Source – Frank Clark declared, “Richard Sherman and his era is over here” after the Seahawks’ victory over Minnesota on Monday …
But I was even more intrigued by something else Clark said, an observation that cuts to the heart of what is becoming an increasingly prosperous Seahawks season. He spoke of the negative vibe that permeated Seattle’s locker room in the wake of their Super Bowl defeat to New England, maybe the most shocking and painful loss in NFL history (forget maybe; it was).
The bad karma, he said, hung in the air and never quite left.
“For so long, I feel like we’ve had this spirit over us – that Super Bowl lingering from 2015…I feel like for the longest (time) we had that cloud over us, like people wouldn’t get over it,’’ Clark said.
In many ways, this past offseason was a cleansing of that pervasive, unhealable wound. Whether by design or circumstance, many Seahawk holdovers from the emotional gut-punch of a defeat departed the team – most notably Sherman, who held on most bitterly to the Patriots loss. Sherman never seemed to forgive the coaching staff for the play call at the end. …
Just how far these Seahawks are equipped to go this year remains to be seen. But it seems to be a major step forward, for this year and beyond, that the lingering cloud from Super Bowl XLIX is finally lifting.
My first response to this, in a photo essay:
I respect Frank Clark here for his … for lack of a better word … frankness. It takes a real man to admit that he and his teammates are still suffering the effects of losing, almost four full years later.
When I go to book signings and talk to Patriots fans, every so often I get the question of which of the Five Rings means the most. And my answer is always that while the first one will always be special and unique for the way it flipped the fortunes of the team 180 degrees from the worst franchise in sports to the standard by which they are judged, that win over the Seahawks ultimately made the greatest statement.
If the Pats never went to another Super Bowl after 2001, that win over the Rams would’ve always held up as a once-in-a-lifetime, lightning strike that wouldn’t diminish over time. But XLIX had history riding on it. It was a clash of two dynasties, one on the decline and the other ascending. The Pats of 2014 were seen as an old European power on the way out, like Austria-Hungary before World War I, about to be wiped out by a redrawn map. Seattle was coming off a total annihilation of Peyton Manning’s Broncos, having held the most prolific offense in NFL history to eight meaningless points in the Super Bowl before. There was no question that if the Seahawks had won, they’d be the next great NFL franchise, taking their place among the elite few that have ever won back-to-back in the Super Bowl era. And the Patriots would’ve been 3-3 in Super Bowls, 10 years removed from their last title and seven years into having to listen to “they haven’t won since Spygate.”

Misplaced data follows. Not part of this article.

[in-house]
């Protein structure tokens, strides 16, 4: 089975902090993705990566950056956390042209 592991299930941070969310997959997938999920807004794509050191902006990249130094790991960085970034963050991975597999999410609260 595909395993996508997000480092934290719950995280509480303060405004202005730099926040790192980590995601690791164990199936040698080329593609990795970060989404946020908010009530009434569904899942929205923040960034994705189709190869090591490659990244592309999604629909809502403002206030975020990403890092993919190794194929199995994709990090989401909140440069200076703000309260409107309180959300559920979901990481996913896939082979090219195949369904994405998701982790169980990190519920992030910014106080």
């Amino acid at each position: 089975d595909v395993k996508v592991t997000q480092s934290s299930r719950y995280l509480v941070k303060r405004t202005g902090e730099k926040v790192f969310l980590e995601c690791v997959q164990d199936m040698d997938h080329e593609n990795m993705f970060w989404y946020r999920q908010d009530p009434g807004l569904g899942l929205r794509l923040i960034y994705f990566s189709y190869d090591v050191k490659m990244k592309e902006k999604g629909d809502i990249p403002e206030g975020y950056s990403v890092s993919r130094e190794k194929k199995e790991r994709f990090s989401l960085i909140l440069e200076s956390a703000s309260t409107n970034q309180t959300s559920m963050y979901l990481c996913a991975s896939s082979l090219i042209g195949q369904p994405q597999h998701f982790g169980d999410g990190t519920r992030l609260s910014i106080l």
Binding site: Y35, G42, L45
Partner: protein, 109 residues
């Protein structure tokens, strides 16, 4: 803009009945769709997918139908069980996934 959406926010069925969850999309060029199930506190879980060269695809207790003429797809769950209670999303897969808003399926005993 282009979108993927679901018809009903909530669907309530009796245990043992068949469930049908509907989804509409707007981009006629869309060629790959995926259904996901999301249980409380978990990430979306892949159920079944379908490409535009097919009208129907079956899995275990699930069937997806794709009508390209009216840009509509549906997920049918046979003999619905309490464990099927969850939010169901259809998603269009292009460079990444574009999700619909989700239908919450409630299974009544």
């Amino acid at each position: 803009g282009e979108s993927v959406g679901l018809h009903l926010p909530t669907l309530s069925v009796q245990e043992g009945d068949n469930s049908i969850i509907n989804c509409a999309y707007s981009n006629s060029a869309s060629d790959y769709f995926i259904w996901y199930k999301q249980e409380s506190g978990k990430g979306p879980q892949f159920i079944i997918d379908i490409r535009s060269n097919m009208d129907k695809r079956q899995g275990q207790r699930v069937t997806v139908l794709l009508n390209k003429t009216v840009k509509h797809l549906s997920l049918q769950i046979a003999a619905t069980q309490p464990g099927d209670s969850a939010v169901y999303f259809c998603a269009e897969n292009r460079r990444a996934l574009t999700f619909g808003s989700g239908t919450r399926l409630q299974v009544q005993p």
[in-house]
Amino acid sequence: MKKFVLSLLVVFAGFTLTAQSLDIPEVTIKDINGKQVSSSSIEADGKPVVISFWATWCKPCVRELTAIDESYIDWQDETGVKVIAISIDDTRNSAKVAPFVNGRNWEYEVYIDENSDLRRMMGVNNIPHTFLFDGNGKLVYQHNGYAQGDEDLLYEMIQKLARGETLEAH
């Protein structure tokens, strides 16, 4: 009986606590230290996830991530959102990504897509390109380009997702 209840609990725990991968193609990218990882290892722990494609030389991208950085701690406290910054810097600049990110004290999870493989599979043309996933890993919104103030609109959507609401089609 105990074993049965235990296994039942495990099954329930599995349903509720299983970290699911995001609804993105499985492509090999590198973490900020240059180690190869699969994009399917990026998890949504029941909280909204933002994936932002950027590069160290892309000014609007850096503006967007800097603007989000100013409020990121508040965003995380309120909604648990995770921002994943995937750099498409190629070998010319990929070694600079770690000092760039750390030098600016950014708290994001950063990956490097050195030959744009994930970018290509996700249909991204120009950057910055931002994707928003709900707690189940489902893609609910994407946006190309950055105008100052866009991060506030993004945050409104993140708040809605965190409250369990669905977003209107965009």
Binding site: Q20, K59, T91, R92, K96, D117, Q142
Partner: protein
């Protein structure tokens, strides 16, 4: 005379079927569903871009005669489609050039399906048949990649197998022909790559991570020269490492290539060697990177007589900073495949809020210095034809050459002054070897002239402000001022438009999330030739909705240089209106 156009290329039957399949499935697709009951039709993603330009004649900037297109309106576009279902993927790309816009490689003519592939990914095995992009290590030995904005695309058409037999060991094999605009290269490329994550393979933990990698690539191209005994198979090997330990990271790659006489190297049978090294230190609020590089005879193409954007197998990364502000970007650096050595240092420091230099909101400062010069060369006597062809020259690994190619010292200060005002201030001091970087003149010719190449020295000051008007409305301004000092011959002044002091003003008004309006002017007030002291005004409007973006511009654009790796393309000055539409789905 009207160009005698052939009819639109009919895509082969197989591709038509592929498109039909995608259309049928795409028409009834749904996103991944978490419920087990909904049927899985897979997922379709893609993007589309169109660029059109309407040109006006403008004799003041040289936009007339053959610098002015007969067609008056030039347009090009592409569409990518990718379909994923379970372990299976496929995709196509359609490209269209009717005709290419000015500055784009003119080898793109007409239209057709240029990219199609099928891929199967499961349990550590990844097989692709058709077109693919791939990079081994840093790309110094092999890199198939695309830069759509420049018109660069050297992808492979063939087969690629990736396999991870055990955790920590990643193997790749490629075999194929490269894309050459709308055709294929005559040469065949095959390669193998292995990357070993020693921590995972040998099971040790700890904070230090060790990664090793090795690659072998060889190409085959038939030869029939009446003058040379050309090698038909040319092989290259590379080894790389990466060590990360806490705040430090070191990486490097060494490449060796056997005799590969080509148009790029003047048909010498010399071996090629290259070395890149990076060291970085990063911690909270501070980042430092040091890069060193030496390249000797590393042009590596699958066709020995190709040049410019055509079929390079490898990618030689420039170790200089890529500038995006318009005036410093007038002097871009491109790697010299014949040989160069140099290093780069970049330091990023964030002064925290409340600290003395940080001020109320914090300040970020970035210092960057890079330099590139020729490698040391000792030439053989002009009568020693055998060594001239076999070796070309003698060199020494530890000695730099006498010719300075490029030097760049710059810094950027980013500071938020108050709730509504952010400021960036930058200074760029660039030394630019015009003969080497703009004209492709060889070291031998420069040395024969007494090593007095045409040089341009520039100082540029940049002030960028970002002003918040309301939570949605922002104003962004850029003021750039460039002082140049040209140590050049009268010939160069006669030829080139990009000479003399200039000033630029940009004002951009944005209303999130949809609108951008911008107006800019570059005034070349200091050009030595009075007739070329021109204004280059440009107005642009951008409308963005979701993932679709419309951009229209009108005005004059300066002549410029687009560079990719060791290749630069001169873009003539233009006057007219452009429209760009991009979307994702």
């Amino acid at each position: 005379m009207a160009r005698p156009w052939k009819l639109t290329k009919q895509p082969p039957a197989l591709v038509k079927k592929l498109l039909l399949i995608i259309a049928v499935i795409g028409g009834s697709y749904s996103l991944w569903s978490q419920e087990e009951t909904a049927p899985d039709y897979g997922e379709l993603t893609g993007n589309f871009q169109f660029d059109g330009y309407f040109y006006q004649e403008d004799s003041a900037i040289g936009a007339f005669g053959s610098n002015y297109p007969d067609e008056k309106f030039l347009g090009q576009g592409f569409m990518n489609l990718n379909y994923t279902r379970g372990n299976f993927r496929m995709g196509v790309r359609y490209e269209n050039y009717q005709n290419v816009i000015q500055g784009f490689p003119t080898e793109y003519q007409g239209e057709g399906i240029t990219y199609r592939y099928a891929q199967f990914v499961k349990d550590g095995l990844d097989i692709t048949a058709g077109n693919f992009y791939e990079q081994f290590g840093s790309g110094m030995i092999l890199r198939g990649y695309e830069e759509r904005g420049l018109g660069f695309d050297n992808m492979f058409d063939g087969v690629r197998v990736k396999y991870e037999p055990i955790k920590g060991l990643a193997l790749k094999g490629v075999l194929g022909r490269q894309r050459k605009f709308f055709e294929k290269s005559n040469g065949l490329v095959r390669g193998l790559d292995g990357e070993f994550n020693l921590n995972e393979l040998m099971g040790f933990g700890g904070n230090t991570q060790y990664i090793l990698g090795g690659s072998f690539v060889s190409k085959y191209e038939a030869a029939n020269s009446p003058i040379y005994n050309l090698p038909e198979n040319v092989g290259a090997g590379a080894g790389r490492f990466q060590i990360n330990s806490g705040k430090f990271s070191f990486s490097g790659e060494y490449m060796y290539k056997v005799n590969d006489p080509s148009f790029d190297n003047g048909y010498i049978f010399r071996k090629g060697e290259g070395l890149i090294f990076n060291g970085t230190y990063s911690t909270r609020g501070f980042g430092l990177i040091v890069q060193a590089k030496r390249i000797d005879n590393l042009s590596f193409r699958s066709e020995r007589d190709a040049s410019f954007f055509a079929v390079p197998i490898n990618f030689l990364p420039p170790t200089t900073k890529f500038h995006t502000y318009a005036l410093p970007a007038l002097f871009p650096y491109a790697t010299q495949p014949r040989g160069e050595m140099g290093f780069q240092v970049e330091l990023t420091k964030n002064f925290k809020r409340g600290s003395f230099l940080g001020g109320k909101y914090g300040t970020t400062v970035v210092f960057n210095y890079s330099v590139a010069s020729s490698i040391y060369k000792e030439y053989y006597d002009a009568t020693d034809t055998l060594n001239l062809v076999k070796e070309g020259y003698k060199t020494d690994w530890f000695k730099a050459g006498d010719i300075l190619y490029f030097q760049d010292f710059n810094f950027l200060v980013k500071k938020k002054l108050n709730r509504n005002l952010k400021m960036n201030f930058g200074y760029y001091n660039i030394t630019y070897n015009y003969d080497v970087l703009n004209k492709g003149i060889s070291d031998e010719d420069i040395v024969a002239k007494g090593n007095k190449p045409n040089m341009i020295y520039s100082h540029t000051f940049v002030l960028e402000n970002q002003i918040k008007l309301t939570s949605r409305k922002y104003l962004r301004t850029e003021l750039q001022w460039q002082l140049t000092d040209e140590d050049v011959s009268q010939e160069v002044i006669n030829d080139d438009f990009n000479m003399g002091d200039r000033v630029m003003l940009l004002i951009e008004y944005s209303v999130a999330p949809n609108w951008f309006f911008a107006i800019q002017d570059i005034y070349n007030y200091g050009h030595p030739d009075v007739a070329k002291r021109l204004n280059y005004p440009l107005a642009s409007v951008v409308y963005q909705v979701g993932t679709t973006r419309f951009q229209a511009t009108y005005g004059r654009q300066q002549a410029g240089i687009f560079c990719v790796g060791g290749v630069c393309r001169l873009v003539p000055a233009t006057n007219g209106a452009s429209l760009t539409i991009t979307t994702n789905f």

So yeah, the stakes were enormous. So it’s no wonder the survivors would spend the next four years stumbling around in a fugue state, still traumatized and resenting the coaching staff for getting outwitted by superior intellects in the final moments. It’s the normal, human reaction. And it’s what happened to the 2001 Rams, the 2003 Panthers, the 2004 Eagles and, as far as we can tell so far, the 2016 Falcons. When the Patriots beat teams in the Super Bowl, they stay beaten. Sometimes for a decade (congrats, Philly), sometimes permanently.
Personally I hope the premise of this article is right and the Seahawks are finally shaking off the loss and getting their shit back together because I like they way they play and a rematch would be great. It’s just that blowing your shot at being the next NFL dynasty probably takes a lot more than four years to recover from.